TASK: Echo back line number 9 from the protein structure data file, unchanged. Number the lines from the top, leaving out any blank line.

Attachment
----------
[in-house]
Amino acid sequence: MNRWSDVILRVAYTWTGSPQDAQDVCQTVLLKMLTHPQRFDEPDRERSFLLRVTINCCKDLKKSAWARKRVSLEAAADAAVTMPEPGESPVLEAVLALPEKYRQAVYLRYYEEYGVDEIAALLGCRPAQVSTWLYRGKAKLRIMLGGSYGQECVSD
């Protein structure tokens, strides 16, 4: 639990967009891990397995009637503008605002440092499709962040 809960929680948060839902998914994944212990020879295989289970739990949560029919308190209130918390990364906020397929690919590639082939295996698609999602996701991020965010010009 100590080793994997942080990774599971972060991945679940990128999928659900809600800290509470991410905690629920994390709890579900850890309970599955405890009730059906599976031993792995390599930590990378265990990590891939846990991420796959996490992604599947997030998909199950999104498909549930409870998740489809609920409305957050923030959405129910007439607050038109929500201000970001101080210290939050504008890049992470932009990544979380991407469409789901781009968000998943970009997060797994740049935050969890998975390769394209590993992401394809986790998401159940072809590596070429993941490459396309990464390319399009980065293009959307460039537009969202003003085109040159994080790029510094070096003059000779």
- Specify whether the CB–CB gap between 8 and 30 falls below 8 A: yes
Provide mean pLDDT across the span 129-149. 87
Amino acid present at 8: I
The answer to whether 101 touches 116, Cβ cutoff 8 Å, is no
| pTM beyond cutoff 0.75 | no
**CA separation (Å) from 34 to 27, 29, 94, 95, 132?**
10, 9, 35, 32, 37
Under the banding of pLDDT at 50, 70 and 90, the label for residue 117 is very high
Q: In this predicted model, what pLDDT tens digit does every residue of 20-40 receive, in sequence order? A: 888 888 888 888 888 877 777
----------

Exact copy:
**CA separation (Å) from 34 to 27, 29, 94, 95, 132?**